Curating conversations in times of transformation: Convergence in how public relations and journalism are “Doing” communication

Franzisca Weder*, C. Kay Weaver, Lars Rademacher

*Korrespondierende*r Autor*in für diese Arbeit

Publikation: Wissenschaftliche FachzeitschriftOriginalbeitrag in FachzeitschriftBegutachtung


Purpose: In an era of networked production of the public sphere and with the arrival of new communicator roles such as citizen journalists, influencers and bloggers, the “old” roles and professions of “the journalist” and “public relations professional” are challenged. In this paper, avoiding the familiar debate about antagonisms between journalism and public relations, we provide empirical insights that identify specific characteristics of a convergence in the “doing” of public relations and journalism. Design/Methodology/Approach: The paper presents recent data from a series of comparative interviews, conducted in Central Europe (Austria, n = 10, Germany, n = 25), New Zealand (n = 7), Australia (n = 25), and the Pacific Islands (n = 5). The conversational narrative interviews bring in self-reflections on skillsets, professions, normative frameworks and the doing of professional communication from a range of communicators, primarily public relations practitioners and journalists, but also activist campaigners, science communicators, bloggers, and social influencers. Findings: The findings show that while interviewees were likely to represent their roles as related to a singular, across those roles they presented what they did – the “doing” – as akin to that of an authorial “curator” of communication in the context of societal transformations and constantly changing and converging media environments. Across different communicator roles professional communication is increasingly perceived as a co-creational process of entering, initiating, sometimes managing, and, thus, driving public discourses and conversations. Originality/Value: The paper complements the debate around skills and professionalization in public relations and adds to broader discussions about role responsibility, agency, and authorship related to public conversations in an age of digital transformation and social change by bringing in the concept of curating as the co-operative ‘management of stories’ between, and across, professional roles.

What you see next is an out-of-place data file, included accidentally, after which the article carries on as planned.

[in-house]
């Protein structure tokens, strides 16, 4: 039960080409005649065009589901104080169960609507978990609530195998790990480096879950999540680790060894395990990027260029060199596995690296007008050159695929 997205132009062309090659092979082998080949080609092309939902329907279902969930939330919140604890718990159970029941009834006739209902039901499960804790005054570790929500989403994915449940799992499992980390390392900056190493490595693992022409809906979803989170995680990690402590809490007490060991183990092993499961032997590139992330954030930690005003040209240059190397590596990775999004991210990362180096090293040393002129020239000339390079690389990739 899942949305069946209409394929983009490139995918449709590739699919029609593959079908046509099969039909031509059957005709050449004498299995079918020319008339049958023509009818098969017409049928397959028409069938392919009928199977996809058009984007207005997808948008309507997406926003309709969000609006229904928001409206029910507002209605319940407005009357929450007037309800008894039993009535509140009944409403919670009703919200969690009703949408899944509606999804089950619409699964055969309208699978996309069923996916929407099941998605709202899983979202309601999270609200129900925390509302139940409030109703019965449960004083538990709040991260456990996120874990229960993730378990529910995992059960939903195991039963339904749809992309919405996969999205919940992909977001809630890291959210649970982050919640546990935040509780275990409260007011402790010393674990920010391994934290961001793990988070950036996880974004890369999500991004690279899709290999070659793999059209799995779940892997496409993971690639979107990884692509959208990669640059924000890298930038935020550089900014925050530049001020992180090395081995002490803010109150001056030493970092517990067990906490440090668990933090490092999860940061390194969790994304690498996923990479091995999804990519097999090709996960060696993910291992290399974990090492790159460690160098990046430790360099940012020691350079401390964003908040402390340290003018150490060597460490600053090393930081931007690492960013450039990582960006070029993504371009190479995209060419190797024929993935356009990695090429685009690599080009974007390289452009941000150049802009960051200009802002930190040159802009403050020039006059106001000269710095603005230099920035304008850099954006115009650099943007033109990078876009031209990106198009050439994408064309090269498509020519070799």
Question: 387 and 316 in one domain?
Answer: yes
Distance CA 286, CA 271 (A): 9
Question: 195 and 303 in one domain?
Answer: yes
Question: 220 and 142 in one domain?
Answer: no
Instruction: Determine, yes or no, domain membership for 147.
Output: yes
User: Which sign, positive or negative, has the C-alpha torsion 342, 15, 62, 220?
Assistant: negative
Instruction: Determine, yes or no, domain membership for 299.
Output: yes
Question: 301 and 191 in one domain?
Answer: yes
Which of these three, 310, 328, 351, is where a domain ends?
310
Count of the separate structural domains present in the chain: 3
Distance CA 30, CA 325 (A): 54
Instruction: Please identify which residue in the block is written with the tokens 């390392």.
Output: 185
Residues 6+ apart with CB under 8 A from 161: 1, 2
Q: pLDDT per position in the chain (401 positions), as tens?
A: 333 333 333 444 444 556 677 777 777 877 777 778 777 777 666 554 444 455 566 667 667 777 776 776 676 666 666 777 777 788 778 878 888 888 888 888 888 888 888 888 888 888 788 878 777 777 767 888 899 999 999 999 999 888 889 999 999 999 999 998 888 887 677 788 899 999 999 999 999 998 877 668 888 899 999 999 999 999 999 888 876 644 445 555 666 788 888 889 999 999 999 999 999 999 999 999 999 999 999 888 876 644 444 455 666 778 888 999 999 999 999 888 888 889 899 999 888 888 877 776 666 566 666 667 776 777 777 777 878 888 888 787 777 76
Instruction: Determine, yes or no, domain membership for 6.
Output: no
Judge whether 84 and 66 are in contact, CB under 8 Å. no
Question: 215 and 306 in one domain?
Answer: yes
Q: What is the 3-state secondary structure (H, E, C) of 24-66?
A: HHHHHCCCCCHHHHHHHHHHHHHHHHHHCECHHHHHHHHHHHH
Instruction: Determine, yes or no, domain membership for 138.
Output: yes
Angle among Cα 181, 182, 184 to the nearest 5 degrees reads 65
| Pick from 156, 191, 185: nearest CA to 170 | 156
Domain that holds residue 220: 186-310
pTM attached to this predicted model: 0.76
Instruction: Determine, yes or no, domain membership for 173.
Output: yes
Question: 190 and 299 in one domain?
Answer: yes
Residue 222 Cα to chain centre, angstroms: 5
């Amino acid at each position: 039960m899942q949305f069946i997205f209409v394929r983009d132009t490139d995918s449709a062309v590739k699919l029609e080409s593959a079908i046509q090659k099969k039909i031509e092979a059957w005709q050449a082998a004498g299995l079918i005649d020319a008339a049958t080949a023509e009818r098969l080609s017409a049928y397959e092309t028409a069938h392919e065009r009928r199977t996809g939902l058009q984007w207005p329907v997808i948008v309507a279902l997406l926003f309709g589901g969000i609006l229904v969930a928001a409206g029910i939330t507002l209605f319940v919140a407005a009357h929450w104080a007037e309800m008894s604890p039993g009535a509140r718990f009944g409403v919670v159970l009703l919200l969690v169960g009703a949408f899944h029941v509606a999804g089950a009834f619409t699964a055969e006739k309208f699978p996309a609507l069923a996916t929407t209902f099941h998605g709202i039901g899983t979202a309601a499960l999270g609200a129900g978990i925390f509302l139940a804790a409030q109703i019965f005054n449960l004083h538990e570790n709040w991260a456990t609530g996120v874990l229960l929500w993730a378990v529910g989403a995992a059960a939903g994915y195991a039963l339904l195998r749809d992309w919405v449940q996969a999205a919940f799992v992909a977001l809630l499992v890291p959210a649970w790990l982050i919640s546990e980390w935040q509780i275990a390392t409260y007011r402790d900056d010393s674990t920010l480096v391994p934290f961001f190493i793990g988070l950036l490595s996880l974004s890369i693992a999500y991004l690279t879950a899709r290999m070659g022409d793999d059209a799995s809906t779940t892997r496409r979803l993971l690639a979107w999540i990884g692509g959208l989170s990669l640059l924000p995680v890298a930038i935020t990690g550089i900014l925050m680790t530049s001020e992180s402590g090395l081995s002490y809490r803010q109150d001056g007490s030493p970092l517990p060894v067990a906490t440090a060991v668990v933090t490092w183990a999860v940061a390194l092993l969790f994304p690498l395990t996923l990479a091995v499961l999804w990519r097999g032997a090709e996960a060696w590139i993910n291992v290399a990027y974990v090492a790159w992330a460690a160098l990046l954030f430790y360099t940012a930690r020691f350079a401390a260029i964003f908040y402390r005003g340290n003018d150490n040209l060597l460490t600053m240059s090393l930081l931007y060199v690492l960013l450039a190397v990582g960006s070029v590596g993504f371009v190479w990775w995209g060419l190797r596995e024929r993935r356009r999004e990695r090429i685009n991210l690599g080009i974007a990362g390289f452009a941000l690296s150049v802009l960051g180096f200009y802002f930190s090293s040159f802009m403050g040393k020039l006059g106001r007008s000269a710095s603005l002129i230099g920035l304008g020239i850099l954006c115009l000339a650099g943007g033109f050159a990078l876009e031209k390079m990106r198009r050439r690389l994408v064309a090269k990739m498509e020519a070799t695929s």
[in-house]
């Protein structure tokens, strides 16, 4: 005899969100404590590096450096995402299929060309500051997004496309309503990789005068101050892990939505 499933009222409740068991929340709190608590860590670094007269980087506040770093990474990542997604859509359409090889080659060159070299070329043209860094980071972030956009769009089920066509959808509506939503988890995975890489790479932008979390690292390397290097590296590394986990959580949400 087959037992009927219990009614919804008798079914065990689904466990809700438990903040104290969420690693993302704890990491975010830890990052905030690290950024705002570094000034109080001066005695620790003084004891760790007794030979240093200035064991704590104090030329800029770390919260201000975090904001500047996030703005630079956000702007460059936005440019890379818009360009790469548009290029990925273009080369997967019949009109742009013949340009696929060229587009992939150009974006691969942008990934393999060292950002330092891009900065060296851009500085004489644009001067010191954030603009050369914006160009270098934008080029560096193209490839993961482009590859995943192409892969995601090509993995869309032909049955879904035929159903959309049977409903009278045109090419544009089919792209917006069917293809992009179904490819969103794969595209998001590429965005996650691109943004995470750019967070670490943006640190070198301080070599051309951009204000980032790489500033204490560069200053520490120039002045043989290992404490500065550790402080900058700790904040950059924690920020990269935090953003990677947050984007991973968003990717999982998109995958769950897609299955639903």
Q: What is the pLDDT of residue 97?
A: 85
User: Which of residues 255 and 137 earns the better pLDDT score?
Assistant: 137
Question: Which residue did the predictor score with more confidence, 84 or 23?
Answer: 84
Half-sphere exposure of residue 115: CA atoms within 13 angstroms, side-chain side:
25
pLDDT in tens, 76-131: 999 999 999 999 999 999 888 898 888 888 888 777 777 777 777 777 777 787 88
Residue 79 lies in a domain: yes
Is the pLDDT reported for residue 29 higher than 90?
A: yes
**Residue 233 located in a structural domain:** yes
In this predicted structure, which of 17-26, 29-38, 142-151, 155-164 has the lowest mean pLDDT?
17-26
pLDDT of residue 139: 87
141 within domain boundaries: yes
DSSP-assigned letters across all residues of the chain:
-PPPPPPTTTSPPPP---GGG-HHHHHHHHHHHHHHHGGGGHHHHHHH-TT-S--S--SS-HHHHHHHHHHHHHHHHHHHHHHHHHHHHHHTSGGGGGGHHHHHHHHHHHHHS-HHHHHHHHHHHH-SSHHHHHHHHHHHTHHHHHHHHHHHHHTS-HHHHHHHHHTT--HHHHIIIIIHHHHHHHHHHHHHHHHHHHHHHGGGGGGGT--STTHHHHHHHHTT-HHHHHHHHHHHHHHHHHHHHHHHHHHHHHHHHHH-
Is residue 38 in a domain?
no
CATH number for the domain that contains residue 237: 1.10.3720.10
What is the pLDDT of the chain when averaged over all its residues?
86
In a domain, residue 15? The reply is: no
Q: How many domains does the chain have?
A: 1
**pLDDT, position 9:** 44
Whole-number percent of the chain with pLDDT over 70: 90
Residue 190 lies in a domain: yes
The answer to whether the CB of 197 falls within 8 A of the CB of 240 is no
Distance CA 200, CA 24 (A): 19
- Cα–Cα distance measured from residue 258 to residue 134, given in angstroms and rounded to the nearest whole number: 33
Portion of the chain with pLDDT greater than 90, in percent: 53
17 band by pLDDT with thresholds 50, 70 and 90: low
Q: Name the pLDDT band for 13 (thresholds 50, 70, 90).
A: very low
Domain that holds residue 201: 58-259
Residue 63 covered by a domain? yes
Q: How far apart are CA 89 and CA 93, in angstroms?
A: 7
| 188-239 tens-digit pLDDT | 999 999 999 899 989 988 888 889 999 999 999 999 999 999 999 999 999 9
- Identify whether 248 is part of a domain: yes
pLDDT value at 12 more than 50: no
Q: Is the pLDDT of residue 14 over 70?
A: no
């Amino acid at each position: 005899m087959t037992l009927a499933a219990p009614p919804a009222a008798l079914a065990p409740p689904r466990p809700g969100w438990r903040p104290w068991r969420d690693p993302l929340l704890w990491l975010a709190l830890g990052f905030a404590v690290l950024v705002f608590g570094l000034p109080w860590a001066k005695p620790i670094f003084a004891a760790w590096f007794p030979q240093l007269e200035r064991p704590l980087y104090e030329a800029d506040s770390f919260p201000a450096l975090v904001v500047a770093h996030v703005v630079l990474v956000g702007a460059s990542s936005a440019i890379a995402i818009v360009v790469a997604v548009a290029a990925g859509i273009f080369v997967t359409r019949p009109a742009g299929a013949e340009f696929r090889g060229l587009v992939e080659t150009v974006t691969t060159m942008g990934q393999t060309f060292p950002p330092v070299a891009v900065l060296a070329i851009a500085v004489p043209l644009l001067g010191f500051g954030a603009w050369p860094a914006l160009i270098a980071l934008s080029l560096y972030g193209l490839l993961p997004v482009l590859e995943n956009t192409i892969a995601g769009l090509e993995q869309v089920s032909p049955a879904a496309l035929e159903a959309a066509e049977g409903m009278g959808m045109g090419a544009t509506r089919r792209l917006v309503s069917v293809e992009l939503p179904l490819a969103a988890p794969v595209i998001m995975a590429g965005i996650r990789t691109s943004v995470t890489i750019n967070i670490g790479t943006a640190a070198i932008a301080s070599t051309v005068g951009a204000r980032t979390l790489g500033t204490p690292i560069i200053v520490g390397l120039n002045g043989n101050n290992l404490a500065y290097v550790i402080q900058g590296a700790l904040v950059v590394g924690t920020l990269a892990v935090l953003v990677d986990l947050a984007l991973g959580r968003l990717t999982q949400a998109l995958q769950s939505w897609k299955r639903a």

Seiten (von - bis)163-182
FachzeitschriftPublic Relations Inquiry
PublikationsstatusVeröffentlicht - Mai 2023
Extern publiziertJa

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© The Author(s) 2023.